5. Test my blood ketones.  I’ll do this once a day just  to make sure I really am getting back into nutritional ketosis.  If you don’t want to do this bit you don’t have to. An alternative way is that I check (usually as some fun with my oldest son) how long I can hold my breath for.  I notice that when I’m in ketosis it more than doubles. It’s hard to beat him when I’m eating too many carbs, but I can easily beat him when I’m fat adapted (OK slightly weird I know, but that’s  what I do….).

6. Alcohol free. I like a wine or a low carb beer, but it’s time to have a break for a few weeks, well at least 10 days. I’ll probably go for longer on this challenge.

7. Tell people what you are doing and why. Mostly people want to help, and mostly they’ll probably join in as well.  Ask and you will receive!

The net result – a couple of kilos of unwanted fat will disappear, I’ll be fat burning, and I will have re-set those bad habits that crept back in.  I’ll be good to go for the year!

Join the discussion 23 Comments

  • Eles says:

    I am on day 9 and I have lost 6 lbs so far. I have kept my carbs minimal (no carbs, except for the few that low carb veggies, sour cream and Greek yourghrt might have). My average carb intake from the above sources varies from 15-20g per day. I have also incorporated mct oil. I have not had even a piece of fruit. The Keto diet is absolutely great for me. Before, I did not know how to stop myself when eating high carbs, now I am not even tempted. It completely removed my crazy carb cravings. My bowel movements are a lot easier and more regular. No bloating, or gas anymore. On day 3 I experienced the Keto flu. I was exhausted to the point that I could not get off the bed. I had nausea and extreme headache. I forced myself to eat a salad with 2 tablespoons of mct oil in it and 20 min after I was feeling much better. Insomnia has been a problem for me on Keto and the solution that worked for me, was eating 2 tablespoons of sour cream with 1 tablespoon of mct oil mixed in, half avocado and ten olives. I love Keto. I hasn’t been the easiest, but definitely works for me.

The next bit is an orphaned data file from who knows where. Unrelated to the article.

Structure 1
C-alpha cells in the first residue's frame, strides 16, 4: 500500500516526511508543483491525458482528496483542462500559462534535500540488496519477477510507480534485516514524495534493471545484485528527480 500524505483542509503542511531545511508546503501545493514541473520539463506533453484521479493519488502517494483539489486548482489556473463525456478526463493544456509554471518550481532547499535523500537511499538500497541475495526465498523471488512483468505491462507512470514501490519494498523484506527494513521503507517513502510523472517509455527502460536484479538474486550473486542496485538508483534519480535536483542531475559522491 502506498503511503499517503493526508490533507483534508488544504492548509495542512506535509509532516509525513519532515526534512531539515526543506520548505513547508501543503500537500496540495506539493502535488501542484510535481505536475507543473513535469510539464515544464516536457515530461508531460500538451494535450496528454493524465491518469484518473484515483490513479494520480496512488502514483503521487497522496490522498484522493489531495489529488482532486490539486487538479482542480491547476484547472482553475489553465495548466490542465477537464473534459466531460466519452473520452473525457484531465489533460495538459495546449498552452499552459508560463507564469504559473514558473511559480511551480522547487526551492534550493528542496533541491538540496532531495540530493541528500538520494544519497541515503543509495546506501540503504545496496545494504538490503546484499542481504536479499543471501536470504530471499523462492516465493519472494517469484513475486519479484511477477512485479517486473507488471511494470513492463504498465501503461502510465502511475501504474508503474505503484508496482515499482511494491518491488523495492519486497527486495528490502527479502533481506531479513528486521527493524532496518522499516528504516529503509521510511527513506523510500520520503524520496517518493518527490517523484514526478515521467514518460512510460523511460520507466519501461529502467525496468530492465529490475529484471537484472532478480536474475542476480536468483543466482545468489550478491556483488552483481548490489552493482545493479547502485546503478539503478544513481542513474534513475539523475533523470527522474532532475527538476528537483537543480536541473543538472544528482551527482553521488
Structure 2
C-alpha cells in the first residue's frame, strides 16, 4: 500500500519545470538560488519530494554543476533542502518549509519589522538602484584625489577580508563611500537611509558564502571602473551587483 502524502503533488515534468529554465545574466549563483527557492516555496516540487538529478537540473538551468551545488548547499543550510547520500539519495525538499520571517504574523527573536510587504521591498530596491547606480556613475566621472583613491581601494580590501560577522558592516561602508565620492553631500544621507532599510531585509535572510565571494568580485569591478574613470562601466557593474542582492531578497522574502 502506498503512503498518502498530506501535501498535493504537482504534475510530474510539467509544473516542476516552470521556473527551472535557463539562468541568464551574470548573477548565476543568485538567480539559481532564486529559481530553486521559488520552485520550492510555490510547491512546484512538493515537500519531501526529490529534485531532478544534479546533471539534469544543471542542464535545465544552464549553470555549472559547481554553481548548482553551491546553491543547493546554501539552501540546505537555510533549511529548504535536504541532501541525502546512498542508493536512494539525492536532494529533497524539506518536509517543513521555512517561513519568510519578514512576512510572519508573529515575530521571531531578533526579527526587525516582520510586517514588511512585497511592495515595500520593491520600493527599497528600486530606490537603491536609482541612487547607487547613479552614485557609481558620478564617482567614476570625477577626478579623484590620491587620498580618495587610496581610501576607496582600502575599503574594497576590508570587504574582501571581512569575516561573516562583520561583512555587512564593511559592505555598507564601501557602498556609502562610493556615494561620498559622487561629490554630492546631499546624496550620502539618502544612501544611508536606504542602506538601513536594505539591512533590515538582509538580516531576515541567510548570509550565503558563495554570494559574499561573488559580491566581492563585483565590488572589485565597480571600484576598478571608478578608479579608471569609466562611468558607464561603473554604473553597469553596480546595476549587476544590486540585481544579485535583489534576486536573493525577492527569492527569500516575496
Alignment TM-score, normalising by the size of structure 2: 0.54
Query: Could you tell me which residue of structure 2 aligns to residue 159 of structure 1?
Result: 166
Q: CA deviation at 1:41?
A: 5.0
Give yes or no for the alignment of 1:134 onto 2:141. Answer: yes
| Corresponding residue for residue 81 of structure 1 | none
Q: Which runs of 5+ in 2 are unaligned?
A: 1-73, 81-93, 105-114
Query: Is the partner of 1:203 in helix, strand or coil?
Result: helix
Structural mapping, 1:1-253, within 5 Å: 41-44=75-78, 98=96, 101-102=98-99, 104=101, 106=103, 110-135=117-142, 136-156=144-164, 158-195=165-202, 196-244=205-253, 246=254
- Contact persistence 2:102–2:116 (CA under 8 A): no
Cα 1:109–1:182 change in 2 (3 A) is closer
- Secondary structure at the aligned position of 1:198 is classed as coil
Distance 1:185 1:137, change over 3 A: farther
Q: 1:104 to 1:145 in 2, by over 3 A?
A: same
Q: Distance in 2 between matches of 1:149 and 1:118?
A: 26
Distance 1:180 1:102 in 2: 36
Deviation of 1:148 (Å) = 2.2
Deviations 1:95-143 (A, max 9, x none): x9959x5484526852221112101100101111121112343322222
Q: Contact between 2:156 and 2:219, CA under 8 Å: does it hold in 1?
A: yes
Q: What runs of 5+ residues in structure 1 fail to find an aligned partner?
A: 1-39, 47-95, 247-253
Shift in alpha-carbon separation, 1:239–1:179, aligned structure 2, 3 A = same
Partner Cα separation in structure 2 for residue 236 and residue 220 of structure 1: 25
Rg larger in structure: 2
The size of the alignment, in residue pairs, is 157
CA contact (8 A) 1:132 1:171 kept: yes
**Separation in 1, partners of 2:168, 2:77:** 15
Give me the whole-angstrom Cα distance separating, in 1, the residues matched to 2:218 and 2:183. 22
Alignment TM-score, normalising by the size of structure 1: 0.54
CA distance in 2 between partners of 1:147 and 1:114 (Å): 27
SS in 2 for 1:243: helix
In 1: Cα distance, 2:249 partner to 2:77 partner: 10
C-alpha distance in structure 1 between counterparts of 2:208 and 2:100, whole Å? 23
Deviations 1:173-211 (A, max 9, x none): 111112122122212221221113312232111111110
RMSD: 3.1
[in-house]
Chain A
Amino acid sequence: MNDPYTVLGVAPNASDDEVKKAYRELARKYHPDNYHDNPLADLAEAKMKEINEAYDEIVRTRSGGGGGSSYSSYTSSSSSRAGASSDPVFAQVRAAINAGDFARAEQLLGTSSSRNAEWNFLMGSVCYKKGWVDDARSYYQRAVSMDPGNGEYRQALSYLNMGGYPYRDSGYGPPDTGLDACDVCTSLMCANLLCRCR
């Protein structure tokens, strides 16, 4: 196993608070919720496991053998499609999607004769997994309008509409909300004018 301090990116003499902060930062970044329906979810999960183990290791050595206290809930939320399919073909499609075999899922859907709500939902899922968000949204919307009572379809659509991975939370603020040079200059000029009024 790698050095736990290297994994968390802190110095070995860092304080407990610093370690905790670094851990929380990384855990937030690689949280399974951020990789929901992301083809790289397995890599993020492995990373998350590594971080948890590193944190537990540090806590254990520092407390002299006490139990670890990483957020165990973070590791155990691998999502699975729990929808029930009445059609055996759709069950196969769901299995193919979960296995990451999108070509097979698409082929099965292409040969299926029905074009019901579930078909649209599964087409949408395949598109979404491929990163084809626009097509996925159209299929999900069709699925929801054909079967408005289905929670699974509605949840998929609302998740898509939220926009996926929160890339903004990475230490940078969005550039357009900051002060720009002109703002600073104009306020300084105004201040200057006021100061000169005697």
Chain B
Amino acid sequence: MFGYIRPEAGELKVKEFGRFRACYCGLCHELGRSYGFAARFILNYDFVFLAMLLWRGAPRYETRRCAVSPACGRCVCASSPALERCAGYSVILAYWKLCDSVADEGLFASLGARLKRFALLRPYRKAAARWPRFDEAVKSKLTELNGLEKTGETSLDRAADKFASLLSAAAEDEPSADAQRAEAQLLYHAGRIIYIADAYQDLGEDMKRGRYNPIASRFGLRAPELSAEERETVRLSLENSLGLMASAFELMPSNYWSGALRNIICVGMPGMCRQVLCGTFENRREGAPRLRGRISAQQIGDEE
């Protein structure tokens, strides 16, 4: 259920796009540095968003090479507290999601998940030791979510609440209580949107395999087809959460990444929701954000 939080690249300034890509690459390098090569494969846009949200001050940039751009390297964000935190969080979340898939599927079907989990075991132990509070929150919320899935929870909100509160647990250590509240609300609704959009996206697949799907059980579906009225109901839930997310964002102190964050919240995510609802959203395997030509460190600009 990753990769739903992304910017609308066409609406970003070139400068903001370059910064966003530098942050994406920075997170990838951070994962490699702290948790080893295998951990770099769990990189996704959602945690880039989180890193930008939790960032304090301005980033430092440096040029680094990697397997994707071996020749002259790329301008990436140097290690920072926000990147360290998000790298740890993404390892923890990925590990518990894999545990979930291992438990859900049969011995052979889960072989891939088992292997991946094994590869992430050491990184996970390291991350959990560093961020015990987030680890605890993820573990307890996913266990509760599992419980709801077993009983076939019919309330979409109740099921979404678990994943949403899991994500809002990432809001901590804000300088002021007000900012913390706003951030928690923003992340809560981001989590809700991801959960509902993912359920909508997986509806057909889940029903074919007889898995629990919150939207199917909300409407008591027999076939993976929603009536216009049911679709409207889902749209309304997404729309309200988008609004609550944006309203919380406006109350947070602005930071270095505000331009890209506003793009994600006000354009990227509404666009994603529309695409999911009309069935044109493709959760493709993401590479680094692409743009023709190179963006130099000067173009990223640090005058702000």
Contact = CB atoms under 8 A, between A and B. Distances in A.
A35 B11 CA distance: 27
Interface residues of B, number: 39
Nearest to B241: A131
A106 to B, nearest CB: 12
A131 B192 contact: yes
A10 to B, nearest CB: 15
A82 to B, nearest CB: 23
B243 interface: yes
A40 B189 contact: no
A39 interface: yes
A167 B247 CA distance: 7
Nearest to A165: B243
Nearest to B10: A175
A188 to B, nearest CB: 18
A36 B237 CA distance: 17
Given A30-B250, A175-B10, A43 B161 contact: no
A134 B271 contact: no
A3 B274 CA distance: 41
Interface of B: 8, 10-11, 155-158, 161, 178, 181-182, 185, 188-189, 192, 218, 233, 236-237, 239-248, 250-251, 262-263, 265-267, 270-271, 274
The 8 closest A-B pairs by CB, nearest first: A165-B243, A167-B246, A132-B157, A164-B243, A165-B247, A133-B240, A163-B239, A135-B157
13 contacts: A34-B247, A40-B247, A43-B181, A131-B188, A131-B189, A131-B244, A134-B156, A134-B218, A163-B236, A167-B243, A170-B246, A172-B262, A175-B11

• Bryce McKeown says:

    I’m planning on going into ketosis (<20g) and wanted to know of a meal plan that would be helpful so as to take the stress of planning meals away. Can you recommend something as the meals in the book seem to high in carbs for this.

  • Janet says:

    Well done The holiday is over! I am impresssed ! Very motivating !

  • What The Fat? says:


    here’s some ideas about what might help us get past plateaus. They are explanations of what happens during weight loss on a keto diet, rather than specific instructions
    Ketosis is desirable during weight loss because it suppresses the appetite – but this effect may not fully kick in for a while; leptin sensitivity (which tells you you don’t need to eat when your stored energy is ready to burn) may also take a while to reboot.
    At first ketosis is produced from the fat you eat, but you want to replace that fat with the fat reserves on your body if you’re losing weight; so eventually added fat in your diet will reduce as you burn body fat. It’s easiest if you adjust to fat burning first (keto-adapt).
    As you lose weight, the amount of energy your body needs decreases – if you continue to eat the same amount, you’ll eventually stop losing weight.
    Unsaturated fats and the medium chain fats in coconut oil are burned faster (are more ketogenic) than the kind of saturated fats in dairy and red meat – some people find they only get easy ketogenic weight loss on nuts, chicken, pork crackle, olives, fish – these are more unsaturated fats; and not with dairy or red meat (this probably depends on genetics).